Defibrillator unveiled in Wisbech
Shoppers in Wisbech will now have peace of mind after a piece of lifesaving equipment has been installed.
Wisbech now has one of hundreds of defibrillators which were given to communities across the region by the East of England Ambulance Service.
The equipment can make a crucial difference in the first two or three minutes before an ambulance crew or community first responder reaches a patient who isn’t breathing and whose heart has stopped.
This is the town’s first defibrillator, which has been installed at the side of Boots in the Horsefair Shopping Centre and unveiled by mayor David Hodgson.
Kevin Smith, Horsefair centre manager and president of Wisbech Chamber of Commerce, said: “Hopefully the scenario never arises that we will need to use the defibrillator but having equipment on standby that could save someone’s life gives great piece of mind.”
Ray Wicks, of Etcetera, put in an application for the defibrillator.
SWC Security have supplied the heavy duty external case to protect the unit while Advanced Electrical Ltd provided the electrical installation, and electrical wholesalers, Newey & Eyre, sponsored the electrical materials required. Flair Property Maintenance dealt with the installation.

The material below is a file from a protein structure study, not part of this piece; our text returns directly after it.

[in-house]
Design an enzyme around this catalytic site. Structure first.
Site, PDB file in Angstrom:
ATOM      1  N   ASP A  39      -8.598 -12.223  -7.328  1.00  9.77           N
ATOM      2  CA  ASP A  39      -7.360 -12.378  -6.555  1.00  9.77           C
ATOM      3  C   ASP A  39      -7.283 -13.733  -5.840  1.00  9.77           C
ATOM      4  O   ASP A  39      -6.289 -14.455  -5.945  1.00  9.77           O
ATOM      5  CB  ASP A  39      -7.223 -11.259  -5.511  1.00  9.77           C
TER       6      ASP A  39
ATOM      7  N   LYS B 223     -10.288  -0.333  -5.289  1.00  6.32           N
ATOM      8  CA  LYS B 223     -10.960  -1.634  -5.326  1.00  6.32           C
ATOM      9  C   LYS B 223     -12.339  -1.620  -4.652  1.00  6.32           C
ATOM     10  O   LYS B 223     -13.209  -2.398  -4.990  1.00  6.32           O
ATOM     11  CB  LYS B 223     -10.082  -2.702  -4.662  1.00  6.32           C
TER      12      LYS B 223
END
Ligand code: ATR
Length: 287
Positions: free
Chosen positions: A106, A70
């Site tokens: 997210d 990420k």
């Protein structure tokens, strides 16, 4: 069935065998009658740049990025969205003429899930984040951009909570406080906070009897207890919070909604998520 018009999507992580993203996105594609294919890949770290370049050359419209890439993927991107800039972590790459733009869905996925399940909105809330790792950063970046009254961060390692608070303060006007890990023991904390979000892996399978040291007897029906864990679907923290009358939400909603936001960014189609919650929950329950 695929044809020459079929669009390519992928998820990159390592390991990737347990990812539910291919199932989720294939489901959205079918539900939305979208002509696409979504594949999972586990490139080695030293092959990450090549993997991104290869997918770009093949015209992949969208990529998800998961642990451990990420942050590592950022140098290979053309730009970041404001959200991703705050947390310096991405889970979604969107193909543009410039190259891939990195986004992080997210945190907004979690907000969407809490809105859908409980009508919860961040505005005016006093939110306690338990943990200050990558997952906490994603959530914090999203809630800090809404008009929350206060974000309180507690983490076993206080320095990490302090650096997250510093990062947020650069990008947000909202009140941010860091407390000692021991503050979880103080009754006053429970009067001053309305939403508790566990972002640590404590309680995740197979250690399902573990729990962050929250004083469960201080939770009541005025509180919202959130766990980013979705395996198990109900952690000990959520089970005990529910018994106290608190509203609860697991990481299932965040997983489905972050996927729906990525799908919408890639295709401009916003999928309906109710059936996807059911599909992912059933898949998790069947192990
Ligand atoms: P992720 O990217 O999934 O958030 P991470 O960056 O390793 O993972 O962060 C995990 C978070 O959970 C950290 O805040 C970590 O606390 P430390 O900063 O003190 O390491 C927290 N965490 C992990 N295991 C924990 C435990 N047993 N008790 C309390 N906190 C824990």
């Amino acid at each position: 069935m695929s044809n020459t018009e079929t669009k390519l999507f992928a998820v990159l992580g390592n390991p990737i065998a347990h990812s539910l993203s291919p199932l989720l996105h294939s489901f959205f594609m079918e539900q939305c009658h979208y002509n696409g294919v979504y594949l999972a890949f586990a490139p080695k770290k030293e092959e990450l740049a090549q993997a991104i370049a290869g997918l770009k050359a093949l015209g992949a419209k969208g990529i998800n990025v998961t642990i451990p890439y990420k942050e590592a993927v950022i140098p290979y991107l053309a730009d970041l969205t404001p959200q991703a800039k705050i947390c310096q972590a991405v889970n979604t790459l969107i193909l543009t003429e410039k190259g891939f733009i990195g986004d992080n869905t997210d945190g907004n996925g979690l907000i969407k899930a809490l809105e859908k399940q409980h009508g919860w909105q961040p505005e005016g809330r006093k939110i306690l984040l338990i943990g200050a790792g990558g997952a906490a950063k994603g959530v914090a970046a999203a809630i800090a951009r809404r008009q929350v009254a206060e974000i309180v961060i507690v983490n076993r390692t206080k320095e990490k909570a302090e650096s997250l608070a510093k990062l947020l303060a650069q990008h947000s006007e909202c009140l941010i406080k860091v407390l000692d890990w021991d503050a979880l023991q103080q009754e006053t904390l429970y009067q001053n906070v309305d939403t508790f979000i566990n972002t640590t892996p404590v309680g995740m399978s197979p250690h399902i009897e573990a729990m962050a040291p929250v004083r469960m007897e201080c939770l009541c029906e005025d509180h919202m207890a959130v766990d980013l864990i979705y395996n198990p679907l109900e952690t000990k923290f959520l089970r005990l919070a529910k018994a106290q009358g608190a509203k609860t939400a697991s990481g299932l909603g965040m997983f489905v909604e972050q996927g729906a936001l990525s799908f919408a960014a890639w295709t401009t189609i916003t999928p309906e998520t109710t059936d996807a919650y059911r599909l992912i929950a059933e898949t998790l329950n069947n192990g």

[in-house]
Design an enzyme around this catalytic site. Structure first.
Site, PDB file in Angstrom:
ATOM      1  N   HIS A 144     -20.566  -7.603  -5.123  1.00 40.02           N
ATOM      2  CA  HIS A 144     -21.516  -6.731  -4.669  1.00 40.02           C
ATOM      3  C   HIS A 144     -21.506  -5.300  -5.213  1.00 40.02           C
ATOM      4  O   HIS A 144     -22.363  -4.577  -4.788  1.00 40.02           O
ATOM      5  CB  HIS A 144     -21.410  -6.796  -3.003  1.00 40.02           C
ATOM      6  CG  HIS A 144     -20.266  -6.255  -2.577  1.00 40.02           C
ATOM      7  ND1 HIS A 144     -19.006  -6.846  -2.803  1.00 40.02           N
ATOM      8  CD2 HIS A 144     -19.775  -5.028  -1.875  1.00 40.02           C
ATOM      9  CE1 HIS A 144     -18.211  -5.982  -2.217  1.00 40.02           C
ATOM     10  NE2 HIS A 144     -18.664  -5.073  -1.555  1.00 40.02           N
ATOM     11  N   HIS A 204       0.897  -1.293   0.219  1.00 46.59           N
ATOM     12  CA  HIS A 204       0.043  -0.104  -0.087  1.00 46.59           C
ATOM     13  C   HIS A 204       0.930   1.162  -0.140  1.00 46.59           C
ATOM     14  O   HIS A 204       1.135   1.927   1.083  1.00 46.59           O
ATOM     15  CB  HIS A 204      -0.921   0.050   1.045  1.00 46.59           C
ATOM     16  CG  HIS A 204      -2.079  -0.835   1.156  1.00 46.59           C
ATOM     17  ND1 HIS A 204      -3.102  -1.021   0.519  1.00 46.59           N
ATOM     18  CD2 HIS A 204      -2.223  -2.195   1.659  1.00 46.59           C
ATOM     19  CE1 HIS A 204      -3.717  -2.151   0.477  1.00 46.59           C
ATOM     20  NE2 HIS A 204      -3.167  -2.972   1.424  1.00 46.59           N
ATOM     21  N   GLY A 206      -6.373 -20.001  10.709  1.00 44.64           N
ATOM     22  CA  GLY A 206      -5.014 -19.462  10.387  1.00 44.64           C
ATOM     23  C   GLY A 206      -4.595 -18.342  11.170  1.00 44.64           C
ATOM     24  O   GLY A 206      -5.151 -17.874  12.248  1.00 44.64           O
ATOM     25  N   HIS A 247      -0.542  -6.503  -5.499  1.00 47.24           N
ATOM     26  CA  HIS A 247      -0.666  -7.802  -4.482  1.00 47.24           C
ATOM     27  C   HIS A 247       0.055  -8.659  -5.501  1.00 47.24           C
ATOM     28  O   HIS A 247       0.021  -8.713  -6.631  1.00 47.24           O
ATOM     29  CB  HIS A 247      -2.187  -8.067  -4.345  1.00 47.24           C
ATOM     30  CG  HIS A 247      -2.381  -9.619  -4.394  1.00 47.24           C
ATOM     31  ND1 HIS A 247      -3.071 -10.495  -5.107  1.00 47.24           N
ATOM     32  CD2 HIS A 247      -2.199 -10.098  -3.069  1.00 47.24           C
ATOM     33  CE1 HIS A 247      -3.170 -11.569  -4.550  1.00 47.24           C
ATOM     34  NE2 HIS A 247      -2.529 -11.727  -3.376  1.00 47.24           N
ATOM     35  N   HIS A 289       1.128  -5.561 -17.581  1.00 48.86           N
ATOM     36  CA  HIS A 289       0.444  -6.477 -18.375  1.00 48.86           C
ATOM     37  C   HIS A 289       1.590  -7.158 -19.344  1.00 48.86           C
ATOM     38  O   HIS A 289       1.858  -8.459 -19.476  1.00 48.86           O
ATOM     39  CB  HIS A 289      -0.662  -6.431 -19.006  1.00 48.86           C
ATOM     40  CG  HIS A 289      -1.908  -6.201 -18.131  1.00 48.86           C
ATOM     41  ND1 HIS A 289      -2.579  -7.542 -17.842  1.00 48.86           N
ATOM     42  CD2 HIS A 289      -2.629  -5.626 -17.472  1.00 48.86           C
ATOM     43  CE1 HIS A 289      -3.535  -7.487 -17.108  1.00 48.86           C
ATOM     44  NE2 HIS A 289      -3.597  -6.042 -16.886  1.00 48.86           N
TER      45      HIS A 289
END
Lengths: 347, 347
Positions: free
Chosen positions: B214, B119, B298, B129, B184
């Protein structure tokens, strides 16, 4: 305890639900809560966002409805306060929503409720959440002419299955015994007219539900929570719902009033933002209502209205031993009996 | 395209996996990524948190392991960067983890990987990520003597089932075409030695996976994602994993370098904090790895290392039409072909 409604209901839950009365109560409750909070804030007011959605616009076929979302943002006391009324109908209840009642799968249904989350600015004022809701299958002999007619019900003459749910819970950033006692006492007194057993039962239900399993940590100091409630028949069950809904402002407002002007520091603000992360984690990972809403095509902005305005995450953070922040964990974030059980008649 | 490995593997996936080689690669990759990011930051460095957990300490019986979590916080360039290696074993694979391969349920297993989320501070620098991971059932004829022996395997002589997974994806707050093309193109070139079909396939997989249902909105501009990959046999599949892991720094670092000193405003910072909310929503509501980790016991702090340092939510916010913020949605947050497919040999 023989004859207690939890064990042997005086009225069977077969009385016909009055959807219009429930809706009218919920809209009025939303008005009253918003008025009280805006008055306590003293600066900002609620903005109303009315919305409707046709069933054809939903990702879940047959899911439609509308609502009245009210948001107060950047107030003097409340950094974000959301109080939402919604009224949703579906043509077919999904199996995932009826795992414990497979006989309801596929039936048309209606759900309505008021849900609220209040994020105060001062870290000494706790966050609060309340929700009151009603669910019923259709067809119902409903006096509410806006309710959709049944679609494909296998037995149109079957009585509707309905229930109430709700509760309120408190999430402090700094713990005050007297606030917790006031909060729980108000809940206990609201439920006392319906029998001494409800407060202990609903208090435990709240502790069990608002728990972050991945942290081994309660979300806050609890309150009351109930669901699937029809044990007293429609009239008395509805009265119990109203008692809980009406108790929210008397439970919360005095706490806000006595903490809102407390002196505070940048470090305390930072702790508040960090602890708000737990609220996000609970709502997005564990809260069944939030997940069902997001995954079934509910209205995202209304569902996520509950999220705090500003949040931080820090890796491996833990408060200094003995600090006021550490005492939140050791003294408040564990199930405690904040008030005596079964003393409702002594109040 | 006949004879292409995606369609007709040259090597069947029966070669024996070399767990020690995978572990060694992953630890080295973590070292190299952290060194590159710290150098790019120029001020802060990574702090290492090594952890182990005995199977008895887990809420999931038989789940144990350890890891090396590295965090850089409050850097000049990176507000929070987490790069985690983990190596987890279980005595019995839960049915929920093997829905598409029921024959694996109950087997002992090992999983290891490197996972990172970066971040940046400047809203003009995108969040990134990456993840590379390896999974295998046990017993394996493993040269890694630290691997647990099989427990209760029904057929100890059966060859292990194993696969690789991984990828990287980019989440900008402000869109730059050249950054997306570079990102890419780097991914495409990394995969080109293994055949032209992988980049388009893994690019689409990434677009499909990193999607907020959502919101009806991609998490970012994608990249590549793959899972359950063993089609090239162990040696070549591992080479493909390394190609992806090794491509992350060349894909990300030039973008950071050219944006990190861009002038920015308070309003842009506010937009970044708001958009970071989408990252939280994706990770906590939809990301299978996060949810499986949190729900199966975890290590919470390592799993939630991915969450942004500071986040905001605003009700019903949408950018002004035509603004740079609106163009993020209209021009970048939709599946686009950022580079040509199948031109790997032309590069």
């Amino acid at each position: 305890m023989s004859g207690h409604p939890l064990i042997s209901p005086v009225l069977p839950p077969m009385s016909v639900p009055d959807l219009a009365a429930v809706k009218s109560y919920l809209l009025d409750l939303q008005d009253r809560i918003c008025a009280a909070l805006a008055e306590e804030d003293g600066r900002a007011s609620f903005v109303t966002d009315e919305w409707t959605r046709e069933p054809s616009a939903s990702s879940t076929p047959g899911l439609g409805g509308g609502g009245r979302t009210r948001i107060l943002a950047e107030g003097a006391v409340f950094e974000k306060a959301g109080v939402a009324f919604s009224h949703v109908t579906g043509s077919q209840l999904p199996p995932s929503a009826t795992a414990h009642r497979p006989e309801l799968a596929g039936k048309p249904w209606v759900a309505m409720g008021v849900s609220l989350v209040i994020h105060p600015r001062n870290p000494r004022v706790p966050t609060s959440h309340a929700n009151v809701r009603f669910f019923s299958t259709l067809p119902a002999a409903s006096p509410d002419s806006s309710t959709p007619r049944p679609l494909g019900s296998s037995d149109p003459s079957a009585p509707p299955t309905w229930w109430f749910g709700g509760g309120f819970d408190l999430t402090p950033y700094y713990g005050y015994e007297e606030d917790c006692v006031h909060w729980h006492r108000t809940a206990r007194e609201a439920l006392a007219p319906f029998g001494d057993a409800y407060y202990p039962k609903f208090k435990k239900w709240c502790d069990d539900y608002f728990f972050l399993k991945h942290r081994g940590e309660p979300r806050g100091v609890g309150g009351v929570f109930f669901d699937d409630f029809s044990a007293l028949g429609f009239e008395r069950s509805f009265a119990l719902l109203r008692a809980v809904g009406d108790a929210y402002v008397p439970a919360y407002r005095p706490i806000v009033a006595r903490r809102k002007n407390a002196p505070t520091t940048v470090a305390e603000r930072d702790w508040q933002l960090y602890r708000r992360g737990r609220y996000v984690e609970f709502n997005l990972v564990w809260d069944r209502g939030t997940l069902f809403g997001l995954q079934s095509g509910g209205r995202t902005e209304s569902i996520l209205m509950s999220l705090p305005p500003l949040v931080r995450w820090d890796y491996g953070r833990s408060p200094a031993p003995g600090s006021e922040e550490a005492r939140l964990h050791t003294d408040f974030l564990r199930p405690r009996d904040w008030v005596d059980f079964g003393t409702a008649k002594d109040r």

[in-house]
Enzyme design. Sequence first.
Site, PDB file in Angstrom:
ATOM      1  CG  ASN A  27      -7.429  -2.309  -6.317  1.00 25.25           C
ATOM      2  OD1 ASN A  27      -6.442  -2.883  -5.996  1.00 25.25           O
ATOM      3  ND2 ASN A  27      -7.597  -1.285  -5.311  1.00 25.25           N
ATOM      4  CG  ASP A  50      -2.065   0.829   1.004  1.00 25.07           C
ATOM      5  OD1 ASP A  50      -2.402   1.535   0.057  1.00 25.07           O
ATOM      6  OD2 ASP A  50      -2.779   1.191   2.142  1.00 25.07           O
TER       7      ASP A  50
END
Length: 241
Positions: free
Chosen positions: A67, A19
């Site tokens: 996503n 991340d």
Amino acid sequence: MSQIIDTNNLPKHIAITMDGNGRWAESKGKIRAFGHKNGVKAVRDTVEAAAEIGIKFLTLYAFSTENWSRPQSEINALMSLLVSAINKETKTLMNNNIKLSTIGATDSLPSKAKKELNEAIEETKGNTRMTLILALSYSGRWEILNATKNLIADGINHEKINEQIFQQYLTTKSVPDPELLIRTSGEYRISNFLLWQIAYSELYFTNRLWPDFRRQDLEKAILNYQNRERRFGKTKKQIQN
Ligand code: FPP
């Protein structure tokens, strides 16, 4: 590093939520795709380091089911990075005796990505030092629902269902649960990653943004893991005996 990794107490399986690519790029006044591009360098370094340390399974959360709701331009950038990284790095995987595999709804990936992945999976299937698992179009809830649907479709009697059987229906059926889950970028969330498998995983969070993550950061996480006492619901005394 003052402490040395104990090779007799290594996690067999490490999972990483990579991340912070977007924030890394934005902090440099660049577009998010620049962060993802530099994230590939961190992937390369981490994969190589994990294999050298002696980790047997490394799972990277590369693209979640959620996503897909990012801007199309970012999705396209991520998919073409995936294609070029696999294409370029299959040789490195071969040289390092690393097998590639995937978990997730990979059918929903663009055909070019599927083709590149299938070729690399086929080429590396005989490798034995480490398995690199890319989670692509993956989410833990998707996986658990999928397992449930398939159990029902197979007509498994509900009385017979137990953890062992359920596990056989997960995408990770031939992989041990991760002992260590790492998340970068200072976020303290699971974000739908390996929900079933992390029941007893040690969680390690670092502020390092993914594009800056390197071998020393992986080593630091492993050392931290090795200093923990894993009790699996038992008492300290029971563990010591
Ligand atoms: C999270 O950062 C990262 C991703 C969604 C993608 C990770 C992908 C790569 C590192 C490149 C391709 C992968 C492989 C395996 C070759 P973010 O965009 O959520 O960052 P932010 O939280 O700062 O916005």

The unit will be maintained by Wisbech Town Council.
Mr Wicks says a number of volunteers in the town centre will be undergoing training to use the equipment.
He said: “I understand that cardiac arrests are fairly frequent in the central part of Wisbech.
“Hopefully this isn’t going to be used too often, but if it is called upon it could save a life.”
In the case of an emergency, the ambulance service will provide a code to get into the cabinet and talk through the use of the defibrillator.
Mayor Mr Hodgson was pleased to unveil the defibrillator during a ceremony on Tuesday.
He said: “This is very special for this town and the defibrillator is in exactly the right spot.
“It is a good idea and I’d like to thank the people who supported the initiative.”
Each year there are more than 30,000 cardiac arrests recorded in homes and communities across the UK.